A lot of bad horror movies start with teenagers heading into the woods for a vacation. Very rarely, good horror movies also start this way. Such as Sebastian Silva’s Chilean tale of missed social cues, superstition, paranoia, madness, and worse. Magic Magic is partly one of those “foreigners are evil” movies, about the strangeness of Chile through an American visitor’s eyes. But the foreigners here are the Americans, which is the exact opposite of Eli Roth’s crassly ignorant stories of otherness, where he couldn’t care less if it’s South America or Eastern Europe. Silva’s intimacy with his own country, and particularly the way he conveys menace in the mundane, gives Magic Magic its power.
Next to Silva’s insidious direction, the key to Magic Magic is Juno Temple. This is the sort of fiercely discomfiting and fearless performance you expect from, say, Gena Rowlands. It’s hard to watch. She’s a fascinating actress, singularly committed in a way that’s all too rare for actors of her generation. And although it might give you pause at first, Michael Cera’s role is perfect. He’s just Michael Cera, but he’s in exactly the right place doing exactly the wrong things right. To Cera’s credit — he’s one of the producers, along with indie heavy hitters Christine Vachon and Mike White — he’s not forcing himself into new types of roles so much as finding unexpected and appropriate places to situate himself. This Is the End, for instance.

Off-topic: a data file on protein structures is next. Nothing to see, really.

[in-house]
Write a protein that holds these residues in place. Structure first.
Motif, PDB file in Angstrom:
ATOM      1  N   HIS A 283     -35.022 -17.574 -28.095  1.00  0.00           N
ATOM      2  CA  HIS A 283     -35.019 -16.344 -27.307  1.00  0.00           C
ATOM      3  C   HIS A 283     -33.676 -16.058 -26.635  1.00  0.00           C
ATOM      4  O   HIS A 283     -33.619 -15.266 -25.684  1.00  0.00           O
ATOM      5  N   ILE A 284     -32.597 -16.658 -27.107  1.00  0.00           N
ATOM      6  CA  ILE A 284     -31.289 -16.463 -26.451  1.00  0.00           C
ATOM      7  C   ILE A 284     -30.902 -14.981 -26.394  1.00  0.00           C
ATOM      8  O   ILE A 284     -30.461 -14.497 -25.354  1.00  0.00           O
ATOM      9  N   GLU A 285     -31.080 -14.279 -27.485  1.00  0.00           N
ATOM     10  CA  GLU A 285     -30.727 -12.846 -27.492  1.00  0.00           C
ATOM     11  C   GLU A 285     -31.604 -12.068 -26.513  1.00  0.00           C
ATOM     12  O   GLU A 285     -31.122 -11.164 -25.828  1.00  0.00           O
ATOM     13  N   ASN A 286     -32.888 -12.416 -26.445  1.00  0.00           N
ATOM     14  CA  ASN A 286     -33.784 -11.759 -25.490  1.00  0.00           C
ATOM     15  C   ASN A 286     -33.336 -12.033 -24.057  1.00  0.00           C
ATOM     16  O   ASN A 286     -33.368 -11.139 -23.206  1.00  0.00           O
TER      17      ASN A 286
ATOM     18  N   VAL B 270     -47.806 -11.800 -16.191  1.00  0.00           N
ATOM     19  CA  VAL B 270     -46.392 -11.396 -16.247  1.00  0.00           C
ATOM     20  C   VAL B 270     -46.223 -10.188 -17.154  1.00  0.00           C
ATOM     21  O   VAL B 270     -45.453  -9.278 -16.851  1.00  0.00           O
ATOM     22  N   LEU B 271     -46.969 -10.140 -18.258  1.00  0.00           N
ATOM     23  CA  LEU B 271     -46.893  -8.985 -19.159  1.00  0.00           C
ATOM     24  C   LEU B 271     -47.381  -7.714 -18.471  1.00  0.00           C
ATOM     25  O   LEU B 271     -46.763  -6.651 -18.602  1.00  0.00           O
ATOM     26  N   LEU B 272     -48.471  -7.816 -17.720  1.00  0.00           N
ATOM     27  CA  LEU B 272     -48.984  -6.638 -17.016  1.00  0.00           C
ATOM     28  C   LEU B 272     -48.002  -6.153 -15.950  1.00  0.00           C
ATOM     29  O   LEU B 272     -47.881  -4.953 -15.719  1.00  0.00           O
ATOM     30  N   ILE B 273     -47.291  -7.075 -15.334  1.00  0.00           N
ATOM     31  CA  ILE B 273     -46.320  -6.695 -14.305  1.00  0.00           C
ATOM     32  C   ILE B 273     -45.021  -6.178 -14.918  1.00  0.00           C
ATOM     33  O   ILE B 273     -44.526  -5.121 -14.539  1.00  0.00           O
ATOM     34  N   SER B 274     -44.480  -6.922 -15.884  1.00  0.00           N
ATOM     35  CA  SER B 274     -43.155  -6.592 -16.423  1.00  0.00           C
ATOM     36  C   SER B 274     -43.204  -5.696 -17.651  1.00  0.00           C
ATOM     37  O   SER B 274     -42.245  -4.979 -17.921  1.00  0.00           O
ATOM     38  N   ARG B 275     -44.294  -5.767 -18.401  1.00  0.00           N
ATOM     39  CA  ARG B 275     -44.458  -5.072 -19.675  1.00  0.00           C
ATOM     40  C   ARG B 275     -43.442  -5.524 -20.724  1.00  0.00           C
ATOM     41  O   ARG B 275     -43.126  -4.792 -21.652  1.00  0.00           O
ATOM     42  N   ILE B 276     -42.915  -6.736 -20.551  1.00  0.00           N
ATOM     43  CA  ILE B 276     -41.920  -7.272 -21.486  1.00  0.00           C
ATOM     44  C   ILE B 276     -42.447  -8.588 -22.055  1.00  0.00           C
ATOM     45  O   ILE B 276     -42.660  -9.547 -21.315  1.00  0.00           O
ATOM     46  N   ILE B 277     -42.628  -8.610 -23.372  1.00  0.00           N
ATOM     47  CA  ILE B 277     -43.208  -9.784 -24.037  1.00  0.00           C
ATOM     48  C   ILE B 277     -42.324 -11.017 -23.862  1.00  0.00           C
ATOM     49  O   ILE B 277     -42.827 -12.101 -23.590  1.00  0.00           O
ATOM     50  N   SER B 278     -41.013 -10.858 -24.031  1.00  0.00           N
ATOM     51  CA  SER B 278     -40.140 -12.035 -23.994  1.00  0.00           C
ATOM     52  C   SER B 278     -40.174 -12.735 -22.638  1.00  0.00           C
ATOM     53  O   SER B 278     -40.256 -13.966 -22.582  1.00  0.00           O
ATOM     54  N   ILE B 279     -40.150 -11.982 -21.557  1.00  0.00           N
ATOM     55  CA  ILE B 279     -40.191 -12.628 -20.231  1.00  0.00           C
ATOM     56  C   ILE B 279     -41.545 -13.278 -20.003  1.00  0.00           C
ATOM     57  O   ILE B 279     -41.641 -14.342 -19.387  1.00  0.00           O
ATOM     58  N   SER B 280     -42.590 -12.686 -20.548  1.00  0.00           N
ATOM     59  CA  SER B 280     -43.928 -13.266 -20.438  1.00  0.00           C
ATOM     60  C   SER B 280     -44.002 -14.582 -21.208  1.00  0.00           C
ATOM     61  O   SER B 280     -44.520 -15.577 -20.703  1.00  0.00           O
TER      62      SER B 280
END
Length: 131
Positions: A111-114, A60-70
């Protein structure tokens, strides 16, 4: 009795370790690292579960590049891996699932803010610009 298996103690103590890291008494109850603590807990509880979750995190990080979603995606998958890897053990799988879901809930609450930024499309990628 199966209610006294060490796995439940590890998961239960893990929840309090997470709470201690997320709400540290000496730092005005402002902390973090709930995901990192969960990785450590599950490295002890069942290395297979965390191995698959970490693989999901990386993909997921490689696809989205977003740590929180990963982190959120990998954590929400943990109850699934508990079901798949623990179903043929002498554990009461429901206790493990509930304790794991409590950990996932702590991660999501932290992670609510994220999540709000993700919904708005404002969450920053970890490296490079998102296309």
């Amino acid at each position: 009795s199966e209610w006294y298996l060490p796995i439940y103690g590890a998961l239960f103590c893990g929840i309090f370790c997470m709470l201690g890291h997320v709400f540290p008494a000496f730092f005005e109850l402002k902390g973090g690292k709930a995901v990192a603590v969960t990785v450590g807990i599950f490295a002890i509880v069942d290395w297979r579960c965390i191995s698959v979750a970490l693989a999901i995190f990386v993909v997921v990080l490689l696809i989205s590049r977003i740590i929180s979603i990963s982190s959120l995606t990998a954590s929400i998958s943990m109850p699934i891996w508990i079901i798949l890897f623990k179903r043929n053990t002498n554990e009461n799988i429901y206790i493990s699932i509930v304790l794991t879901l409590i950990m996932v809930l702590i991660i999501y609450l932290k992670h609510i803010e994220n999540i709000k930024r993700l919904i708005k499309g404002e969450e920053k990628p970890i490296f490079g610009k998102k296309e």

The rest of the cast is exemplary, with actors far more talented than the usual horror fodder playing roles that transcend the slut, jock, virgin, and nerd archetypes that venture into the woods. Director Silva’s brother, Agustin Silva, is the movie’s scruffy heart. The icily Latina Catalina Moreno (remember Maria Full of Grace?) is its voice of reason and perhaps its villain. One of my favorite shots features Moreno in the background and out of focus, and it’s a sign of Silva’s skill as a director. And the ageless Emily Browning, looking more 14 than ever, is all heart and empathy. Finally, if you’re going to shoot a horror movie in a mysterious foreign country, who better for a director of photography than the amazing Christopher Doyle to bring the color alive and shine shards of light into the dark? All told, Magic Magic is an almost magical concoction of Hollywood talent and arthouse horror storytelling.
Magic Magic is available on video on demand. Watch it here to support Quarter to Three.